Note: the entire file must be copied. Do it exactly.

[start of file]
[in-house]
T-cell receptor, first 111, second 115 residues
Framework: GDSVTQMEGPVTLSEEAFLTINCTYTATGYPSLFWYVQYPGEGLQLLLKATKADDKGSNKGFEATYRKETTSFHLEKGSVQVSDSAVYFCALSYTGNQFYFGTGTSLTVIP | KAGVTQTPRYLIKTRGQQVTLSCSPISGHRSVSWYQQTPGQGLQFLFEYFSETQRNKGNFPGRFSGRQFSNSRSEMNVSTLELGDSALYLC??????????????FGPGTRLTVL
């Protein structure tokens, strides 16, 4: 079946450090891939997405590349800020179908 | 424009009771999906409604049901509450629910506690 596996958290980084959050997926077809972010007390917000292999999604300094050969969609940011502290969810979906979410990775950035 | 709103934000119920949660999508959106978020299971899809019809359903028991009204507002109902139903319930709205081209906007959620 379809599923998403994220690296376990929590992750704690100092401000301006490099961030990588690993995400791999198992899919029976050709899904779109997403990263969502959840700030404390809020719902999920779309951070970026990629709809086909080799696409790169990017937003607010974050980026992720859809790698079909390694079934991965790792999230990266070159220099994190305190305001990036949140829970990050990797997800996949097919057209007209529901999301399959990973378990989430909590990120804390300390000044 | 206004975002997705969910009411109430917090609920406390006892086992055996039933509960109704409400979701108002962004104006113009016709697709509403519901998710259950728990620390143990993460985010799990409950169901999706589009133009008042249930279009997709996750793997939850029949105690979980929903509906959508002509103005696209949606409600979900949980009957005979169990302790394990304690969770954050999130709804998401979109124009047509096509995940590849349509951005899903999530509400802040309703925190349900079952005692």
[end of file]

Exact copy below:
[in-house]
T-cell receptor, first 111, second 115 residues
Framework: GDSVTQMEGPVTLSEEAFLTINCTYTATGYPSLFWYVQYPGEGLQLLLKATKADDKGSNKGFEATYRKETTSFHLEKGSVQVSDSAVYFCALSYTGNQFYFGTGTSLTVIP | KAGVTQTPRYLIKTRGQQVTLSCSPISGHRSVSWYQQTPGQGLQFLFEYFSETQRNKGNFPGRFSGRQFSNSRSEMNVSTLELGDSALYLC??????????????FGPGTRLTVL
């Protein structure tokens, strides 16, 4: 079946450090891939997405590349800020179908 | 424009009771999906409604049901509450629910506690 596996958290980084959050997926077809972010007390917000292999999604300094050969969609940011502290969810979906979410990775950035 | 709103934000119920949660999508959106978020299971899809019809359903028991009204507002109902139903319930709205081209906007959620 379809599923998403994220690296376990929590992750704690100092401000301006490099961030990588690993995400791999198992899919029976050709899904779109997403990263969502959840700030404390809020719902999920779309951070970026990629709809086909080799696409790169990017937003607010974050980026992720859809790698079909390694079934991965790792999230990266070159220099994190305190305001990036949140829970990050990797997800996949097919057209007209529901999301399959990973378990989430909590990120804390300390000044 | 206004975002997705969910009411109430917090609920406390006892086992055996039933509960109704409400979701108002962004104006113009016709697709509403519901998710259950728990620390143990993460985010799990409950169901999706589009133009008042249930279009997709996750793997939850029949105690979980929903509906959508002509103005696209949606409600979900949980009957005979169990302790394990304690969770954050999130709804998401979109124009047509096509995940590849349509951005899903999530509400802040309703925190349900079952005692």